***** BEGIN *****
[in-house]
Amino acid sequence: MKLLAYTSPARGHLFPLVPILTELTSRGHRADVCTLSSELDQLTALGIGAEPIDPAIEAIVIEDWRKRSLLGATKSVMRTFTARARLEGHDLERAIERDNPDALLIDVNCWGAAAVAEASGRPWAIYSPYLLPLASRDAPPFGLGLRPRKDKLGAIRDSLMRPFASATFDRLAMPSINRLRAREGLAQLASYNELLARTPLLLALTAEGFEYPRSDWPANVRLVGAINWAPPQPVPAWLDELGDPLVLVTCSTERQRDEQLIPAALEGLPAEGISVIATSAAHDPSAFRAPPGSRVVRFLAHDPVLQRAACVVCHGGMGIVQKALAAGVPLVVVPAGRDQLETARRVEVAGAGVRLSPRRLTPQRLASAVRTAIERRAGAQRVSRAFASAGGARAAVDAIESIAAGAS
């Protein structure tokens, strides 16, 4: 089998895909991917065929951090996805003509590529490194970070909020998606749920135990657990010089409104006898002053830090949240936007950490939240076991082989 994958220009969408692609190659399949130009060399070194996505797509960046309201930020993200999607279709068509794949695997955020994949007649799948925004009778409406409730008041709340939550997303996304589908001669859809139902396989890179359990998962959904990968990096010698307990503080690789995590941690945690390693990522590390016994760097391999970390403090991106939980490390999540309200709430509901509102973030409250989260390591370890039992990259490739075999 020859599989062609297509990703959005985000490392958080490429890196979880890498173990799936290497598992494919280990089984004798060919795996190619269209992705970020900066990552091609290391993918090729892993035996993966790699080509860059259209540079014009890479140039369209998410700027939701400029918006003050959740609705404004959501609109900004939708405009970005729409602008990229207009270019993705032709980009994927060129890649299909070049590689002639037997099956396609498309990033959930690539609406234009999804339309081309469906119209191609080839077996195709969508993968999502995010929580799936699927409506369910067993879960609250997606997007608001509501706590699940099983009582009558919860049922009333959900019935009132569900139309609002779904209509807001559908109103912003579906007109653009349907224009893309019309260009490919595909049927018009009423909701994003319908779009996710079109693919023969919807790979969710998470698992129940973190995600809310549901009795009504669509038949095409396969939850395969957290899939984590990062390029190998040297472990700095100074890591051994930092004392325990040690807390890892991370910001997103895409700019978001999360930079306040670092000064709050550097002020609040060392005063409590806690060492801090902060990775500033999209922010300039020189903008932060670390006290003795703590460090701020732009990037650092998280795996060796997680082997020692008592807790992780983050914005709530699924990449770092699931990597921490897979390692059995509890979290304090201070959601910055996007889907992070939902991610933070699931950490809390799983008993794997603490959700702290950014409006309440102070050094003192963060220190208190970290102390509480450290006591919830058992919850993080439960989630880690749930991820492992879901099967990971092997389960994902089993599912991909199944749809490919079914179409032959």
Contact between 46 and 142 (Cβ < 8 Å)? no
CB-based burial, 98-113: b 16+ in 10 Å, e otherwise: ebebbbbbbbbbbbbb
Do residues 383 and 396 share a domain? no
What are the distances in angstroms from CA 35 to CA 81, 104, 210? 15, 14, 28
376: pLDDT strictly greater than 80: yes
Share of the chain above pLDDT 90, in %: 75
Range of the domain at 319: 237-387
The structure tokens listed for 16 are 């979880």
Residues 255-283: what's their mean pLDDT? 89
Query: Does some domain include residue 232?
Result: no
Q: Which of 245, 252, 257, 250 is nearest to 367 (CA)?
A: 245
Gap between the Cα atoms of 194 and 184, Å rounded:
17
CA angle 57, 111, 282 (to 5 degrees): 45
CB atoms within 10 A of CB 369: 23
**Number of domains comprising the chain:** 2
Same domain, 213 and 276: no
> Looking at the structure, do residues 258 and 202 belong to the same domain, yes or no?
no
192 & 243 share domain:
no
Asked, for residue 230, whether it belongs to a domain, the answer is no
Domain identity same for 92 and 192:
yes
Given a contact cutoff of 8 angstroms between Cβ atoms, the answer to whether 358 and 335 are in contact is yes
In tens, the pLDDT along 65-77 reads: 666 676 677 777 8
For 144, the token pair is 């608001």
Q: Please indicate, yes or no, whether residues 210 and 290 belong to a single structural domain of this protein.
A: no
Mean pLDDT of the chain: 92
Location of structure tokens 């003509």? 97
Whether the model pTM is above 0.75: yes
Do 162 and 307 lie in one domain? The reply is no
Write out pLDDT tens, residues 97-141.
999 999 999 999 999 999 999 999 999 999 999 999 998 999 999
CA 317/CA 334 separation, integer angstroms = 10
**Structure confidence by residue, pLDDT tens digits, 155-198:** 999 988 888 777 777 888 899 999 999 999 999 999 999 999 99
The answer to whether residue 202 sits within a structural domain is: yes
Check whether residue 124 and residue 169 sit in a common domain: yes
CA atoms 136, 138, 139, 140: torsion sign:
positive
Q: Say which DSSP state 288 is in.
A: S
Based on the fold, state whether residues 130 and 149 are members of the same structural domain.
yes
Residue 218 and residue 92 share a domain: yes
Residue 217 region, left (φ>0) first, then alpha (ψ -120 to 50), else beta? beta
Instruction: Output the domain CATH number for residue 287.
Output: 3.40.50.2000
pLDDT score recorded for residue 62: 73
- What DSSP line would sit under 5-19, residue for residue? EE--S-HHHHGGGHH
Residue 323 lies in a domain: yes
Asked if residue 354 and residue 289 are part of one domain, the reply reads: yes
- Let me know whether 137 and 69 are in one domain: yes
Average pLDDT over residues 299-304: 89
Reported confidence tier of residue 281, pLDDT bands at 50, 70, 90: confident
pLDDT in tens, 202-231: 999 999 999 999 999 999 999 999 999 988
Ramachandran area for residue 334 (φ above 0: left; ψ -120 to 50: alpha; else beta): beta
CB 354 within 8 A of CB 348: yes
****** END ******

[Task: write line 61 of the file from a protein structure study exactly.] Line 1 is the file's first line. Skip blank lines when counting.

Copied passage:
Reported confidence tier of residue 281, pLDDT bands at 50, 70, 90: confident